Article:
Marcellus' Kings of Capital Portfolio (KCP)
- Clean accounts and good corporate governance
- Management teams with prudent capital allocation and conservative underwriting
- Moated and resilient business models that can not only survive through crises but also have enough strength to grow post the crisis
Understanding each of the above traits in great depth becomes crucial for analysing financial services businesses as the positive or negative impact of each of these traits has a multiplier effect on a financial services business because of the inherently leveraged nature of these companies.
Stocks Selection Process:
- Marcellus started with a universe of 95 financial stocks and ran its proprietary forensic filter on these stocks. About a third of the universe gets eliminated at this filter itself as these are companies with poor accounting quality
- Of the remaining 65 stocks, an additional 42 stocks get eliminated after applying Marcellus’ proprietary capital allocation framework. The capital allocation framework assesses whether these financial companies have been able to generate returns on equity well above cost of equity based on 6 years of their historical financial statements.
- Marcellus’ investment team does in depth research on the remaining 23 stocks. Research includes third party channel checks, corroborating management version with 3rd party channel checks, independent views on corporate governance and capital allocation, speaking to DSAs, branch managers, collection agents etc.
- The stocks which clear this final step are included in the Kings of Capital portfolio.
Why should investors invest in a financial services focused fund in the midst of a crisis when lenders are expected to report an increase in NPAs?
- KCP aims to invest not only in market leading lenders (banks & NBFCs) but also general insurers, life insurers, asset managers and brokers. These businesses have not been as impacted by Covid as the lending industry has been.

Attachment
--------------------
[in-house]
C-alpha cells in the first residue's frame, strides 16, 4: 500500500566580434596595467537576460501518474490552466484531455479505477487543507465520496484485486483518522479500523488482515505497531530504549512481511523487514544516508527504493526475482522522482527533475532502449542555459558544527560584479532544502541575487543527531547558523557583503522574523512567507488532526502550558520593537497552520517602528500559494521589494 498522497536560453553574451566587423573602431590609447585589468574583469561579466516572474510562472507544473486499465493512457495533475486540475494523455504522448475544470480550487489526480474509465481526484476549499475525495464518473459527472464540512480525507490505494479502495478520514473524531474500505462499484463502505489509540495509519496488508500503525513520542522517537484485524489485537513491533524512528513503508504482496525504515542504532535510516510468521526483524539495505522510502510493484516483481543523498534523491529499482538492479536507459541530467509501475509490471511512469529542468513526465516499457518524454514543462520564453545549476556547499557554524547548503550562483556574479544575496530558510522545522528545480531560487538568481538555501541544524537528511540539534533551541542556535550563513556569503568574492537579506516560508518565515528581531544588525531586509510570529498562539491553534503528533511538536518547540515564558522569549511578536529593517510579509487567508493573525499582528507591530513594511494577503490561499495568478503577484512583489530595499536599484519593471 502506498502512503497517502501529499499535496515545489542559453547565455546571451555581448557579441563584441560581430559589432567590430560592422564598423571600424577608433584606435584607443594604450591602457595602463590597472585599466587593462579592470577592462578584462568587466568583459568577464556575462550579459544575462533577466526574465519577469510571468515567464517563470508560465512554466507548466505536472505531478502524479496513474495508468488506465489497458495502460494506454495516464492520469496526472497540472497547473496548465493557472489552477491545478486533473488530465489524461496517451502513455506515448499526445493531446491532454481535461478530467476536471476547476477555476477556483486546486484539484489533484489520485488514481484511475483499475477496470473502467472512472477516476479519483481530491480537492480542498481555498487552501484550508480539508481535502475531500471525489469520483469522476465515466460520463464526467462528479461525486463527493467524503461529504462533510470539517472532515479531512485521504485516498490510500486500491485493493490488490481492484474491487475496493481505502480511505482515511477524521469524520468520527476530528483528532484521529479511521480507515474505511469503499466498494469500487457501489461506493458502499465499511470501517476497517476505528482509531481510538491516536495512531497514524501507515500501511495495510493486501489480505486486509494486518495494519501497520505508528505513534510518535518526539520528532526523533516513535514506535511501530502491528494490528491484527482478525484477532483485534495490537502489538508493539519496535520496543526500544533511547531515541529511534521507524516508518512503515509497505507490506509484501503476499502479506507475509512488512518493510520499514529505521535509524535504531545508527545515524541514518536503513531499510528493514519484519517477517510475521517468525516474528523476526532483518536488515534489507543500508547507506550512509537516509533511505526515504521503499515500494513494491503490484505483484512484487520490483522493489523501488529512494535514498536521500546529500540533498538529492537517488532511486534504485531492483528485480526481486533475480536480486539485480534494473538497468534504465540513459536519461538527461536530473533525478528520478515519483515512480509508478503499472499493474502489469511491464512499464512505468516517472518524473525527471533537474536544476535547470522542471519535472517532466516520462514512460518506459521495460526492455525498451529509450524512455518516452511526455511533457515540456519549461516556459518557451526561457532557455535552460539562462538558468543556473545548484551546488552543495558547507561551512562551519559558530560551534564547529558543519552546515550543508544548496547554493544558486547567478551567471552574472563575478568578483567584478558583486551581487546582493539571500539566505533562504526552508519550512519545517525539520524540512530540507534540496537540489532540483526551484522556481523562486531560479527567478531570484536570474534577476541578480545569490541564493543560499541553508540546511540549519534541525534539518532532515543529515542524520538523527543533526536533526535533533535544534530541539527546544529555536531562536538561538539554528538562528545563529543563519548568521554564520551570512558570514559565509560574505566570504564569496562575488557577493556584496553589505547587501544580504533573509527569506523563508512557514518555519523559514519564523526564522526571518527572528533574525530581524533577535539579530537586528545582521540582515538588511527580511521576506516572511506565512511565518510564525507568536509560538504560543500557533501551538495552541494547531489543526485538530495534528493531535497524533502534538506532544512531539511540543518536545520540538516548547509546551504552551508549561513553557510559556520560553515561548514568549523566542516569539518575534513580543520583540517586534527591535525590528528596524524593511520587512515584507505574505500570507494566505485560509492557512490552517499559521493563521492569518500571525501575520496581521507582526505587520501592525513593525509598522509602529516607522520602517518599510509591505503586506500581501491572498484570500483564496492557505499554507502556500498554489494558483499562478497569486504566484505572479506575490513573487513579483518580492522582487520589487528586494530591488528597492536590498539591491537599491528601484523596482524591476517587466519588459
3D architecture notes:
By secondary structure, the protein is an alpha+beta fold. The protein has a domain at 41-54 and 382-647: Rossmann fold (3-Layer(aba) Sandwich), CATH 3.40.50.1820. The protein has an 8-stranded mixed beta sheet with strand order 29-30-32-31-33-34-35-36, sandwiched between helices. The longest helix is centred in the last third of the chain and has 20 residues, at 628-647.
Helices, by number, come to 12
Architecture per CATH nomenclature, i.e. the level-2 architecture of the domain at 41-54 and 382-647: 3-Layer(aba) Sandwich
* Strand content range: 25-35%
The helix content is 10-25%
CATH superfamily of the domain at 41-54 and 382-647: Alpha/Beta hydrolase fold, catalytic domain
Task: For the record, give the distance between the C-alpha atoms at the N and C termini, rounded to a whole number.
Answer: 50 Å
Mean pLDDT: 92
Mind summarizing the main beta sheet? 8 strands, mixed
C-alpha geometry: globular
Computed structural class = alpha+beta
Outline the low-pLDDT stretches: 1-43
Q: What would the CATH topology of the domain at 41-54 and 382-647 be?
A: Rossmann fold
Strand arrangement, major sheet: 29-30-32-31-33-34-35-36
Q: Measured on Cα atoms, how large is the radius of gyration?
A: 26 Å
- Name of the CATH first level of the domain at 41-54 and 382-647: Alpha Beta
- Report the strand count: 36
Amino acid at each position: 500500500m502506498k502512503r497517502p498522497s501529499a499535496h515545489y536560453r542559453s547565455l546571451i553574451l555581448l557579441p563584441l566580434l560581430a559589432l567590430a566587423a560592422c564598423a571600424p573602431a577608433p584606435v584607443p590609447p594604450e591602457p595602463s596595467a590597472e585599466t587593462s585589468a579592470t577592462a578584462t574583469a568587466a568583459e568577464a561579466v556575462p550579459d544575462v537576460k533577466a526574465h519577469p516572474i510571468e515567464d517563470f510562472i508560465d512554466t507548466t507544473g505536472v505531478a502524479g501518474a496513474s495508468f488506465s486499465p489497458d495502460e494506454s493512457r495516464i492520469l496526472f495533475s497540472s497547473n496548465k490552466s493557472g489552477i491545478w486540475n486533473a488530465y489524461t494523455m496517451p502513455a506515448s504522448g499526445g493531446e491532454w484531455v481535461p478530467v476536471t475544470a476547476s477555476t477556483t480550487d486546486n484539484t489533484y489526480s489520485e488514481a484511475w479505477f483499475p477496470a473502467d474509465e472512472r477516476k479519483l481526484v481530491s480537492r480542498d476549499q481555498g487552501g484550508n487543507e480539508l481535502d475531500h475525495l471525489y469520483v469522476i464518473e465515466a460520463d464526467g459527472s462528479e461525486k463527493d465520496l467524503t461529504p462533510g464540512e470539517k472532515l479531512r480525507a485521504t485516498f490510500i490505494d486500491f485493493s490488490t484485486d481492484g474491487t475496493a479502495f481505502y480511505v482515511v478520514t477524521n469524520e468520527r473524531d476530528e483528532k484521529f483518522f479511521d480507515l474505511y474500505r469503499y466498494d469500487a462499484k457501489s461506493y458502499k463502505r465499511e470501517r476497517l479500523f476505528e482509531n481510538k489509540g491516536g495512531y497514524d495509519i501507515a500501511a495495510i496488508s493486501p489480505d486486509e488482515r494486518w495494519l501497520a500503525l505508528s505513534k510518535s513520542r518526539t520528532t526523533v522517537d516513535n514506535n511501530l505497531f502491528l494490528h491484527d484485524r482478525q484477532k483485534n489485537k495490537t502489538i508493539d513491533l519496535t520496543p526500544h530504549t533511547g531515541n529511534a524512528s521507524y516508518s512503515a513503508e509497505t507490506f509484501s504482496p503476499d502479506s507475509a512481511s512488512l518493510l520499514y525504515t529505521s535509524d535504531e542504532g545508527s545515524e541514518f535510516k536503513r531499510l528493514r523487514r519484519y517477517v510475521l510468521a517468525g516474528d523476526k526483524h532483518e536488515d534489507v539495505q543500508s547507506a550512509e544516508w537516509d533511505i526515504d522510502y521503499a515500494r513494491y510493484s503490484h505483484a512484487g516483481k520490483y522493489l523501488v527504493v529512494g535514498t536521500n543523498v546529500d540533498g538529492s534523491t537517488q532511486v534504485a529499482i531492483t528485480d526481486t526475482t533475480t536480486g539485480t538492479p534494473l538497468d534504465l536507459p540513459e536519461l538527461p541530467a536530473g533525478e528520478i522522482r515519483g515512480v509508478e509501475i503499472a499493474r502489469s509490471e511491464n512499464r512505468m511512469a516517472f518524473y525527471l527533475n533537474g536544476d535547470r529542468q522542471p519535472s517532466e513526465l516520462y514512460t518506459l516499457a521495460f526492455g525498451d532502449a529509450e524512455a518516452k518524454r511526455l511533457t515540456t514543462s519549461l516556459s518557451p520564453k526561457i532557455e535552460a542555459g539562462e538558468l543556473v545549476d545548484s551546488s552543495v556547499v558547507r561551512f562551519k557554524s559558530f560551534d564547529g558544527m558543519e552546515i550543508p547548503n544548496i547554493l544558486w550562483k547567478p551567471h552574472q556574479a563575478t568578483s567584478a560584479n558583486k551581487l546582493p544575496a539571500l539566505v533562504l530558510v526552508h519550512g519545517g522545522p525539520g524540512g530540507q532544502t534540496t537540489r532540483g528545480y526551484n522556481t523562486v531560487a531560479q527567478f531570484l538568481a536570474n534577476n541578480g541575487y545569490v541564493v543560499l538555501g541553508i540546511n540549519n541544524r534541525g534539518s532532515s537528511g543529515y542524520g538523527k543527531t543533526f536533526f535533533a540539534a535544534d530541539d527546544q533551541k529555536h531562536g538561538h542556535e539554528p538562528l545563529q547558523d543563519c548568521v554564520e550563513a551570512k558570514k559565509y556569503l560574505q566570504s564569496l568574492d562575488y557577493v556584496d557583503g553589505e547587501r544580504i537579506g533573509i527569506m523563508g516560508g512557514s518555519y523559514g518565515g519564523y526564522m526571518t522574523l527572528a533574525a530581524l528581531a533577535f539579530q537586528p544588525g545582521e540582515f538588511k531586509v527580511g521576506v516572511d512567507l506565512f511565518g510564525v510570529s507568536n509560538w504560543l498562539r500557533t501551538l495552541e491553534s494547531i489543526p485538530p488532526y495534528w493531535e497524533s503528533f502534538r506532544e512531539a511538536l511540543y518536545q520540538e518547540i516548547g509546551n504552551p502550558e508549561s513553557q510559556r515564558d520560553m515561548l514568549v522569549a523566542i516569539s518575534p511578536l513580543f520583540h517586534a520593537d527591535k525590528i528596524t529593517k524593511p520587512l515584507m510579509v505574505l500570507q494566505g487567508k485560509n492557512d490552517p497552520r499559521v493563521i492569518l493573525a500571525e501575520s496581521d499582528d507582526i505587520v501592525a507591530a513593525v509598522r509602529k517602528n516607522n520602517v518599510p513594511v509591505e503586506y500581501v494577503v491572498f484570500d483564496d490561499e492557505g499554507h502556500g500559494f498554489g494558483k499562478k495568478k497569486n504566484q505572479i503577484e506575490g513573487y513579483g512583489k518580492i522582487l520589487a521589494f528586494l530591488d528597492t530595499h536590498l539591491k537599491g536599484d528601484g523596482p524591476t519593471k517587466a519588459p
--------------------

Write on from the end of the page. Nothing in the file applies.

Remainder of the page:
- Companies operating in the lending industry are inherently leveraged businesses, the pace of consolidation in the sector will therefore be much higher than most other sectors. In such a scenario, lenders with clean accounting, prudent capital allocation and strong balance sheets are at a distinct advantage versus their peers and are likely to gain market share post the crisis.
- High quality lenders (banks as well as NBFCs), which are Consistent Compounders, benefit significantly in the aftermath of a financial crisis. This is because: (a) when the competition struggles to raise funds during & after a crisis, great lenders have access to adequate liquidity; and (b) as competition’s ability to lend reduces, great lenders can pick and choose quality borrowers, leading to better net interest margins (NIMs), higher loan book growth, lower NPAs and hence better RoEs.
- The table below shows the performance of HDFC Ltd. And HDFC Bank during the crisis of the late 90s and the global financial crisis respectively. Both lenders reported higher NPAs and a fall in P/E ratios during the crisis, however they rapidly gained market share post the crisis and earned returns on equity which were better than pre crisis levels.
Most stocks in the Kings of capital portfolio are well known names. So, what stops someone from replicating this philosophy on their own?
Theoretically speaking, it is possible and simple for a client to replicate this philosophy on his own. However, the ‘simple’ aspect of the philosophy is not ‘easy’ because if an investor doesn’t understand why he has bought a company (because he didn’t do the research on the company himself), he won’t have the conviction to do the following with his stock portfolio:
- Allocate high allocations in the portfolio to each of the stocks
- Hold onto the portfolio despite the volatility in external environment (moratorium type situation, increasing credit costs, GDP growth rates etc)
- Make timely changes to the portfolio when required
- Avoid diluting the benefits from the portfolio on the overall investable surplus by diversifying into too many products and hence stocks in the overall investable surplus.
What is the minimum ticket size and fee structure for KCP?
The minimum ticket size for KCP is Rs. 50 lacs. Clients can choose from one of the following two fee structures:
What are the fee options for KCP?
- Option 1 (fixed fee model): 2.5% p.a. fixed fees and zero performance fees
- Option 2 (hybrid model): 1.5% p.a. fixed fees and performance fees of 15% profit share over a hurdle of 10% without catchup
There is no lock in period, entry load or exit load.
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Will Marcellus follow a model portfolio approach? Or will different clients get different list of stocks depending on when they opened their account?
We will follow the model portfolio approach
Will funds be deployed into the model portfolio immediately? Or will you take cash calls to time the entry points?
We will endeavour to deploy the funds over next few days of receipt of funds